Two Major COVID Clinical Trials Were Paused Over Safety Concerns — Which Is Exactly How Trials Should Work

Trials for Eli Lilly’s antibody treatment and Johnson & Johnson’s COVID-19 vaccine were both paused this week.

Within 24 hours, two pharmaceutical companies separately confirmed that their COVID-19 clinical trials — one for a vaccine, the other for a therapy — were being paused over potential safety concerns.

A government-sponsored trial for Eli Lilly’s antibody drug was paused due to a “potential safety concern,” according to emails sent to testing sites on Tuesday. The company confirmed in a statement that an independent board overseeing the trial’s safety had made the decision “out of an abundance of caution.” Eli Lilly’s therapy is similar to another experimental treatment manufactured by Regeneron and used to treat President Donald Trump two weeks ago.

And on Monday, Johnson & Johnson confirmed that it paused its vaccine trial due to “an unexplained illness in a study participant,” as first reported by Stat.

There was little information immediately available about either incident, including whether they were linked to the pharmaceutical being tested or the placebos it was being tested against, or when the trials might be restarted. Johnson & Johnson said in a statement that it was “learning more about this participant’s illness, and it’s important to have all the facts before we share additional information.”

Study pauses, which are initiated by companies, are not uncommon occurrences in trials and are less severe than clinical holds, which are initiated by regulators. And “adverse” events — illnesses or other undesirable medical outcomes — are expected to some degree in all clinical trials, especially ones that involve large numbers of patients. Johnson & Johnson noted that it typically does not “communicate study pauses publicly,” but added that it proactively discloses any regulator-required holds.

Still, some medical experts have criticized pharmaceutical companies for not being more transparent about issues that could seem troubling to a lay audience, given the tremendous degree of interest in vaccines and treatments for COVID-19 and the importance of maintaining public trust.

As of yet, there is no vaccine or FDA-approved therapy for a virus that has killed more than 210,000 Americans. The back-to-back pauses of two high-profile COVID-19–related trials raise the possibility that they could be delayed.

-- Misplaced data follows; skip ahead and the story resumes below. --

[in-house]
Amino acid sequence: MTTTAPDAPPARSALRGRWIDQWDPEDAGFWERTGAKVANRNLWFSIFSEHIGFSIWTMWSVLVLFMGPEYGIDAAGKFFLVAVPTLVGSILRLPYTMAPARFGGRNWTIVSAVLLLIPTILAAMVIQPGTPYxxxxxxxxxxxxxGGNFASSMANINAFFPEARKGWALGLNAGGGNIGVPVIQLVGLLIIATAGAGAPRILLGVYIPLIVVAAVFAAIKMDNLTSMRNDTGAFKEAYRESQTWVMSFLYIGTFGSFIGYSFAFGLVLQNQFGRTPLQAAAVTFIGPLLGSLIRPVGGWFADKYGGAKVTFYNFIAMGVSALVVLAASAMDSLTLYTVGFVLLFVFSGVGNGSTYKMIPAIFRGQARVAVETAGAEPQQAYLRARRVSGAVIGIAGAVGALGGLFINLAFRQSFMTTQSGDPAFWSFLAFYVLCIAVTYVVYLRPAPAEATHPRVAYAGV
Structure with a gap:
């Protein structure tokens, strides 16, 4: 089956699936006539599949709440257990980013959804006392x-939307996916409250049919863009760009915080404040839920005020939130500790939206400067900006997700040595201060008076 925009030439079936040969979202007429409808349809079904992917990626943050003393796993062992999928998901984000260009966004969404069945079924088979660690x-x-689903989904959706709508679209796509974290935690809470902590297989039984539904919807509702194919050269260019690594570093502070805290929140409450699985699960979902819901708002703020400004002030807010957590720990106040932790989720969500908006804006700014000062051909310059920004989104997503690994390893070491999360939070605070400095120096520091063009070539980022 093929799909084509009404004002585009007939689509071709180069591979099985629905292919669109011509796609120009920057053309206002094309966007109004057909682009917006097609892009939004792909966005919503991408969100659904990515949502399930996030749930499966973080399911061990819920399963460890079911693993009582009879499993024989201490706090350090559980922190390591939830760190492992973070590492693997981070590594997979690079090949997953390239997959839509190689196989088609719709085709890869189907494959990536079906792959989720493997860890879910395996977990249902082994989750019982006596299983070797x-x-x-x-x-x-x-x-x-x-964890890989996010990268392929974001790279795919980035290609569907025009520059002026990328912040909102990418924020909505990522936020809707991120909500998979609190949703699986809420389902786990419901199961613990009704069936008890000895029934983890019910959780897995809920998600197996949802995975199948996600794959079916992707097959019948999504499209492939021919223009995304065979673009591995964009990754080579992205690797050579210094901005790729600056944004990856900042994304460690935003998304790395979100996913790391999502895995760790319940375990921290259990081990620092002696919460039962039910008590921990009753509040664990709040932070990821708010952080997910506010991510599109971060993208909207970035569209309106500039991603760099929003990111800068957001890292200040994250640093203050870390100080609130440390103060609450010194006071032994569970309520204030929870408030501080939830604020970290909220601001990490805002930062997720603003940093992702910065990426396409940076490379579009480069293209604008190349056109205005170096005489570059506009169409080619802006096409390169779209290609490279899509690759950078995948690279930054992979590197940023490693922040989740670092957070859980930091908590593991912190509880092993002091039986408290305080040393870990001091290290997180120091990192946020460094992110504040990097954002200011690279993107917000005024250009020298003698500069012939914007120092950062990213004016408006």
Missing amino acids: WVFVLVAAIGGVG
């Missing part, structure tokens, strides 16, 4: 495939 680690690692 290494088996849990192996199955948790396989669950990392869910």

Eli Lilly's trial, which is sponsored by the National Institute of Allergy and Infectious Diseases, tested the antibody therapy on 300 patients hospitalized with mild to moderate COVID-19 who also received an antiviral drug, remdesivir, commonly used to treat these patients.

In a statement, a NIAID spokesperson said the trial was paused when the safety board found that the trial had reached a notable difference in safety outcomes between the treatment group and the placebo group. It is not yet clear which group may have experienced the safety issue described, or whether the trial had met the threshold for "futility," where researchers can conclude that the pharmaceutical does not work.

As a result, the independent safety board "recommended pausing enrollment out of an abundance of caution and continuing data collection and follow-up of current participants for safety and efficacy," the statement said. The board will review the data again on Oct. 26 before deciding whether or not to resume the trial.

Both Eli Lilly and Regeneron filed for emergency authorization from the FDA last week in the middle of a publicity storm spurred by Trump. Last week, the president referred to Regeneron’s antibody cocktail — which he received in addition to the antiviral drug remdesivir and the steroid dexamethasone — as “a cure.”

According to a summary of results released last month from another Eli Lilly trial studying more than 450 patients recently diagnosed with a mild to moderate case of the disease, volunteers receiving the antibody treatment had a 72% lower risk of hospitalizations and emergency room admissions, compared to those taking the placebo.

Late last month, Johnson & Johnson began testing its one-shot vaccine in a late-stage clinical trial with up to 60,000 participants. It is one of the manufacturers backed by Operation Warp Speed, the public-private partnership that is channeling $10 billion into COVID-19 vaccines and therapies, including about $1.5 billion to Johnson & Johnson.

These weren’t the first COVID-19–related trials to be paused. AstraZeneca has halted its vaccine clinical trial at least twice to investigate two cases of severe illness developed by participants. The first patient, in July, was deemed to have multiple sclerosis, unrelated to the vaccine. A second person in September developed neurological symptoms consistent with a rare but serious condition called transverse myelitis, according to news reports.

AstraZeneca’s trial has since resumed in the UK, Brazil, South Africa, and India but is still on hold in the US pending the FDA’s review.

Trump has also made statements about how quickly pharmaceutical companies will be able to develop a vaccine, despite concerns from scientists who say that the process should not be rushed and adequate safety data should be collected.


This story has been updated to include a statement from the National Institute of Allergy and Infectious Diseases.

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